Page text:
General Anesthesia

General anesthesia renders a person unconscious during surgery and other major medical procedures. This is both to avoid pain and to block out the memory of the operation. Although being anesthetized is generally called “being asleep,” the patient is actually in a different state. Unlike local and regional anesthesia, which acts on the nerve receptors that receive pain signals from the brain, general anesthesia turns off the brain itself, so that it isn’t able to send any signals at all.

The anesthesia is usually a combination of intravenous drugs and various inhaled gases. Besides these anesthetic agents, the process also involves controlling the patient’s breathing and pulse and monitoring vital functions throughout the surgery.

The risk associated with general anesthesia is low, although side effects are common. These include nausea, digestive problems, fever and chills, numbness, and mild confusion upon waking up. They are usually no cause for worry, especially in healthy patients. The risk rises for people with heart, lung, or kidney problems, people taking aspirin and other blood-thinning agents, smokers, drinkers, and those with allergies or sleep apnea. Obese patients are also at higher risk.
Many people worry that they will wake up while under general anesthesia. This does happen, but it’s very rare—about one in a thousand people—and many are simply aware of their surroundings and don’t wake up in pain. The likelihood is higher during emergency surgery (where often a different type of anesthesia, called dissociative, is used) and in patients who drink alcohol daily, have heart or lung conditions, and have been using tranquilizers or anticonvulsants.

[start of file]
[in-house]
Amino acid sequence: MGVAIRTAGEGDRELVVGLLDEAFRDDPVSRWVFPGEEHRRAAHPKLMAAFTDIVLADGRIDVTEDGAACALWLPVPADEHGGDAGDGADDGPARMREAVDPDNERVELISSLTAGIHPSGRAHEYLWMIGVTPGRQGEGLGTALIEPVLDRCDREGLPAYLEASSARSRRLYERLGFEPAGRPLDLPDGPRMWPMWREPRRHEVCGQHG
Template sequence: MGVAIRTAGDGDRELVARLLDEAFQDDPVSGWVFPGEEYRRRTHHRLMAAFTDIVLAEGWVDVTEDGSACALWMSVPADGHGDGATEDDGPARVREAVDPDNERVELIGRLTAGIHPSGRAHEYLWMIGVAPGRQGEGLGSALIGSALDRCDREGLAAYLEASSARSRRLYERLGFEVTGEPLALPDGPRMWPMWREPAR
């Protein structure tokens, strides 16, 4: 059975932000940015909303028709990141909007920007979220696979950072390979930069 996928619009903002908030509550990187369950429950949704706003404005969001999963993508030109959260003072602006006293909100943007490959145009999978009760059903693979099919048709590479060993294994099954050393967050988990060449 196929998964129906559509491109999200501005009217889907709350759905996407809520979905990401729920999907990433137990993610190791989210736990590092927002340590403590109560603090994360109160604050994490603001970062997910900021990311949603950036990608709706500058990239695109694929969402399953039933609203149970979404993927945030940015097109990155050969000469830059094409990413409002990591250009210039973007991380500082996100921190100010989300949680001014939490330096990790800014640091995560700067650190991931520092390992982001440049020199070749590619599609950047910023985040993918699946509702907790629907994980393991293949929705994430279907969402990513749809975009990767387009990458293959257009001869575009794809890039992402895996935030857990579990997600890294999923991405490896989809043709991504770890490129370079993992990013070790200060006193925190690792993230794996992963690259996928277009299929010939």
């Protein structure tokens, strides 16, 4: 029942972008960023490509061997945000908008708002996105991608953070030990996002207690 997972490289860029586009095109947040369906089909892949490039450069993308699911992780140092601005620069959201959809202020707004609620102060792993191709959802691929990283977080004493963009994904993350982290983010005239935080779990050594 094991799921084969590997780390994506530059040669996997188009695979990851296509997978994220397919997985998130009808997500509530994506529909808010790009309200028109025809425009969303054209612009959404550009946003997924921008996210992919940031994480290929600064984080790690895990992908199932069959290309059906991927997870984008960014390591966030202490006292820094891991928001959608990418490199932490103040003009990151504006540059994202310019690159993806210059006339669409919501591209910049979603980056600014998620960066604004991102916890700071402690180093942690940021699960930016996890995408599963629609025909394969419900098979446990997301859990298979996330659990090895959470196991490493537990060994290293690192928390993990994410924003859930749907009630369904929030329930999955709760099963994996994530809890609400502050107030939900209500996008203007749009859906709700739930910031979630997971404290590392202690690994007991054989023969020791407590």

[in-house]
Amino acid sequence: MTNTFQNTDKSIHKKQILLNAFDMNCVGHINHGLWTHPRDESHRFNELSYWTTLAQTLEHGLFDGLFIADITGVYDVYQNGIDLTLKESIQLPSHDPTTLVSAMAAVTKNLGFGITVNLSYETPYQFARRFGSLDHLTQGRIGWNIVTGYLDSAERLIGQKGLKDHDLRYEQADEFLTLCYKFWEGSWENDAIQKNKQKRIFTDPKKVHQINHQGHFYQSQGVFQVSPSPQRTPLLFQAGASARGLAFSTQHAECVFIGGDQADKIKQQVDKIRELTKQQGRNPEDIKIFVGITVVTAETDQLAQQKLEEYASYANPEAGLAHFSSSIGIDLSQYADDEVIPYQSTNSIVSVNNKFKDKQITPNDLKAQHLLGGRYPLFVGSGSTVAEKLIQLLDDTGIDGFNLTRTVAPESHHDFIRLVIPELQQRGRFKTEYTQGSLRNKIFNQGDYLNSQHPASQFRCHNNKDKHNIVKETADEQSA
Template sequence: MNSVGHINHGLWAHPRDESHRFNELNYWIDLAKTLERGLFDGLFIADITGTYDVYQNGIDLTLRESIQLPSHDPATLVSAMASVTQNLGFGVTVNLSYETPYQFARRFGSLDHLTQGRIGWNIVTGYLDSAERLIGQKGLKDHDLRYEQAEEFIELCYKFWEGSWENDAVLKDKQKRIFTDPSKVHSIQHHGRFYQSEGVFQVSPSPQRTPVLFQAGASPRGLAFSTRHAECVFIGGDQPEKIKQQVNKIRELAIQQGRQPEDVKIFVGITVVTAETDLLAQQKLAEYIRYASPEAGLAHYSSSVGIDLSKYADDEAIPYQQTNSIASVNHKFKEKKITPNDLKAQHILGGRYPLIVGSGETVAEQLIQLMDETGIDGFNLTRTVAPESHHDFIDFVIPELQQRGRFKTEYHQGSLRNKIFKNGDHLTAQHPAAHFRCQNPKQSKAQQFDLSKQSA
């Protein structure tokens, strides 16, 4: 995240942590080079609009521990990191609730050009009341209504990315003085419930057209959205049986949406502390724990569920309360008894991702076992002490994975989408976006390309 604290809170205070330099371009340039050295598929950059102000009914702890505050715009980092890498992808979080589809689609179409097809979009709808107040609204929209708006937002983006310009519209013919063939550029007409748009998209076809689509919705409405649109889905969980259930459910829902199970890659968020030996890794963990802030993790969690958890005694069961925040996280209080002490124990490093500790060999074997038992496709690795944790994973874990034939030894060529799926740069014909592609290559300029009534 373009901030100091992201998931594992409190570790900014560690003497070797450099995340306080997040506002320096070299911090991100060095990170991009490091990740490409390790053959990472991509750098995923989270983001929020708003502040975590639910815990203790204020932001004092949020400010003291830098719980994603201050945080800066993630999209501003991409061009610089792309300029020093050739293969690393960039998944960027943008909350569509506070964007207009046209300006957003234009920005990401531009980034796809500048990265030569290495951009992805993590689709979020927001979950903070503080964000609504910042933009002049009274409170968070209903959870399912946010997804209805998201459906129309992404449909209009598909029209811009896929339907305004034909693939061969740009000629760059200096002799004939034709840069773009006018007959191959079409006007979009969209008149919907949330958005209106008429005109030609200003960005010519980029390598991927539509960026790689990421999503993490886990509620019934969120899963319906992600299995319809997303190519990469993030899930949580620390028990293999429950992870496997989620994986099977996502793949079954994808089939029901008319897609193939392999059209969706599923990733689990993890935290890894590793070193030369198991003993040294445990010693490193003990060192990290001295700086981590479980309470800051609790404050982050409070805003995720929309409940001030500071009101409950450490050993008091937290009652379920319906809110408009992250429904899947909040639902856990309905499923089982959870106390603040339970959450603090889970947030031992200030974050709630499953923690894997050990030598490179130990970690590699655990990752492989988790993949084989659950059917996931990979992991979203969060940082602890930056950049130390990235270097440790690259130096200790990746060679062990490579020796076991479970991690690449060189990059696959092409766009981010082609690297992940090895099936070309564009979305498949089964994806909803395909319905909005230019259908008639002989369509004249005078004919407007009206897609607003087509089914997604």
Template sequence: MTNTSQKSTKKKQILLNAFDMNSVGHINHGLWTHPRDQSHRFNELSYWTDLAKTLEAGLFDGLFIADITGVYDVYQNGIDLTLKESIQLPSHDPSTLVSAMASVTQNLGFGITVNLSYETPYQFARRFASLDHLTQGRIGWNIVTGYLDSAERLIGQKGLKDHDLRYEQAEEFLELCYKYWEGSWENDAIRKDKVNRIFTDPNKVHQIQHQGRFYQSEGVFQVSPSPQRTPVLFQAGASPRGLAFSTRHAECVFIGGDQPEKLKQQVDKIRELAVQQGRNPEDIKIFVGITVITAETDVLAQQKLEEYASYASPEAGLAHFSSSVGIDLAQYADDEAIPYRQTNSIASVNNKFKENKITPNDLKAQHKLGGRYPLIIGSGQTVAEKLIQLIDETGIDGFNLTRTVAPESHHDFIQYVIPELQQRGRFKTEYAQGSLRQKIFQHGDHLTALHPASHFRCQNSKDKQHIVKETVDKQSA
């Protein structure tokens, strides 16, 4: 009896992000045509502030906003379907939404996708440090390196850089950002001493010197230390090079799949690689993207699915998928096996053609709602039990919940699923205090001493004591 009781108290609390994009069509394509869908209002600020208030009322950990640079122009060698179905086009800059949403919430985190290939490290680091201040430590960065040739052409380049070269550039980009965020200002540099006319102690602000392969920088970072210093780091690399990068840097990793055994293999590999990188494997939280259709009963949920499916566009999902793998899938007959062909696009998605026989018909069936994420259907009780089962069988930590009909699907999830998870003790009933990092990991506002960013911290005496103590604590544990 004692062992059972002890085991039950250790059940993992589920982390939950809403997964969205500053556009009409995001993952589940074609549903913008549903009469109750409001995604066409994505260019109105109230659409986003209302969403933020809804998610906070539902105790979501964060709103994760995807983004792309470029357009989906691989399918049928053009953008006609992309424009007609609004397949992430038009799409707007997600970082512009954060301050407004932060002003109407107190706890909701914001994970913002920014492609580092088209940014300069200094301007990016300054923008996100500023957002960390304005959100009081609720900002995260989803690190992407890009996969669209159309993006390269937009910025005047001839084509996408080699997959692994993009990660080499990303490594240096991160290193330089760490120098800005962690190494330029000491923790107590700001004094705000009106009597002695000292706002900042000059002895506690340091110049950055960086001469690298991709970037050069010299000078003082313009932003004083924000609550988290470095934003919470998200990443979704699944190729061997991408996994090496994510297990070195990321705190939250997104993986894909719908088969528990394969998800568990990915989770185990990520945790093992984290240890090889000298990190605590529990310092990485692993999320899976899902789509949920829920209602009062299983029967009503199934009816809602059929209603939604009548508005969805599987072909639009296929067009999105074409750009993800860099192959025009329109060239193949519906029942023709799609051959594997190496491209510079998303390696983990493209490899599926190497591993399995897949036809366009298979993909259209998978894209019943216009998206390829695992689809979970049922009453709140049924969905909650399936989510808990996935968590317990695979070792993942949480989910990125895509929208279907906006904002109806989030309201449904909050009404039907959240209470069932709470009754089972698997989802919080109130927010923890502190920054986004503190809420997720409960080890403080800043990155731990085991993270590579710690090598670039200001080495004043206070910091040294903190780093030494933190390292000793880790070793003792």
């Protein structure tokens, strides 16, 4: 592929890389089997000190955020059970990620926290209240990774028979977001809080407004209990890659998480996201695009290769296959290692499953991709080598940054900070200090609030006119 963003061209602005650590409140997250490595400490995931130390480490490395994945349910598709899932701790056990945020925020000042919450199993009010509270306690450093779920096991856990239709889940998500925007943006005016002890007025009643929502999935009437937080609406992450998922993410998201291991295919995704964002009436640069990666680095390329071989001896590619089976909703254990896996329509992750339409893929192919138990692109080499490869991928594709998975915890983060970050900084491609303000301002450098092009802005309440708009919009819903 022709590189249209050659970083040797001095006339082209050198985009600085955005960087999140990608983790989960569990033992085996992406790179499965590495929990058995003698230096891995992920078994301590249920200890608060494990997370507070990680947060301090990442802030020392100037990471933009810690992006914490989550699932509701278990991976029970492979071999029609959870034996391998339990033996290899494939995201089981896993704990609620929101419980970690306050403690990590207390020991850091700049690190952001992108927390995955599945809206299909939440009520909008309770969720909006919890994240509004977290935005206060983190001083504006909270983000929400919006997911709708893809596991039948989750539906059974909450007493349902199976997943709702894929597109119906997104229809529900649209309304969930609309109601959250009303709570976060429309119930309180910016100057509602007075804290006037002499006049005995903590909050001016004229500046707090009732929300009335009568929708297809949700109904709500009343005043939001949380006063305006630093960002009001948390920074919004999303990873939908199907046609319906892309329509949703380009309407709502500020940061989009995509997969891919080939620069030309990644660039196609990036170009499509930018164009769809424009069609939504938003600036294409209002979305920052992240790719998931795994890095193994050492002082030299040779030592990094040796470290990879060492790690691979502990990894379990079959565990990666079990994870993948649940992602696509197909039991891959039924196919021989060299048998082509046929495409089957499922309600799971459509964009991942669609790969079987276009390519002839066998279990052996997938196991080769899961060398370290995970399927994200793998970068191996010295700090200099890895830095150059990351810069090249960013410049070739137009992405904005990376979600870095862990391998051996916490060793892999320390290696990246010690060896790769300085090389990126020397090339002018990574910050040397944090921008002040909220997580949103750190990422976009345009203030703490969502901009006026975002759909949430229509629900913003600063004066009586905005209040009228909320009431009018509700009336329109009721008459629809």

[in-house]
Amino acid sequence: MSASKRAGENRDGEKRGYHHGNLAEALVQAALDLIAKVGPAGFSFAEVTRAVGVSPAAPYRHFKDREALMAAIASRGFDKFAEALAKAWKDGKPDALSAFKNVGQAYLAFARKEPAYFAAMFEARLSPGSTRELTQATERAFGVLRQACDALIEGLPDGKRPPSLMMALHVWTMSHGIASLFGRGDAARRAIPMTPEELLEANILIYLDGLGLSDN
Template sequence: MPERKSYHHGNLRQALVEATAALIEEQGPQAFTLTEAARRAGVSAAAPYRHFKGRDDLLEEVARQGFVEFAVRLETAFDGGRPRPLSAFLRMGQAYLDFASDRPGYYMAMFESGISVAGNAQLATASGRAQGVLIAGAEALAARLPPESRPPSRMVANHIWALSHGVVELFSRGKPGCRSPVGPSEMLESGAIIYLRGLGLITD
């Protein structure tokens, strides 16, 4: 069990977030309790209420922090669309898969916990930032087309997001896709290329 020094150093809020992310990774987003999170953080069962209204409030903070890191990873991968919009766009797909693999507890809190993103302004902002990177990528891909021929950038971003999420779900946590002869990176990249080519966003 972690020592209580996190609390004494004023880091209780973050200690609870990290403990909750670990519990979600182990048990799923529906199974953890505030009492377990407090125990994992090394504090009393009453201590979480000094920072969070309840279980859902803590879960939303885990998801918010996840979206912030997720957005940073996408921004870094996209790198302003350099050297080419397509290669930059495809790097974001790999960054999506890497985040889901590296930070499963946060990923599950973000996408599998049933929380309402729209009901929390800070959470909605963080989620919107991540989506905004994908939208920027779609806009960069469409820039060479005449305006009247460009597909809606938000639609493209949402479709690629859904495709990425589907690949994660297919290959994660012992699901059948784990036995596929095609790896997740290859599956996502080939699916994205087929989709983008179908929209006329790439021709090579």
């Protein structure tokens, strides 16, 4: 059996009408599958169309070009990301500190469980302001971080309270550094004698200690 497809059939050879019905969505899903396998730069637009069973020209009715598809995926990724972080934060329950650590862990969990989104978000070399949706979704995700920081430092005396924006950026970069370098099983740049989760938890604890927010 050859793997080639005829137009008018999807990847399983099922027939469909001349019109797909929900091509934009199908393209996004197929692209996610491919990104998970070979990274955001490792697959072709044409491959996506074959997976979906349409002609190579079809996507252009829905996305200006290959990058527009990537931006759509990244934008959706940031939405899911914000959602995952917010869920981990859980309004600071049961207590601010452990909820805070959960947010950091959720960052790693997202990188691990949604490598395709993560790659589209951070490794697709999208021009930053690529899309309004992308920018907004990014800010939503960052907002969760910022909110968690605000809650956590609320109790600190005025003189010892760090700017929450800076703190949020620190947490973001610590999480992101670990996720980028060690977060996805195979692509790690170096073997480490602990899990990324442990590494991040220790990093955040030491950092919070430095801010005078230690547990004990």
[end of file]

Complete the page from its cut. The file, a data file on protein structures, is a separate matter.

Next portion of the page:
Patients are asked to fast several hours before being put under because the procedure turns off the body’s ability to retain food in the stomach, which means any food taken may end up in the lungs. Some medications may also be stopped during this period; these include oral diabetes treatments, which can interfere with blood function.
The anesthesiologist and his team will take a full medical history of the patient before the operation. This will allow them to choose the right mix of drugs (some people can have adverse reactions to common anesthetic agents, or may be allergic) and avoid complications. If the patient has undergone surgery before, the team will also look into prior anesthesia used as an indicator. This is why it’s important to tell the doctors everything—the more information they have, the safer and more effective the medication will be.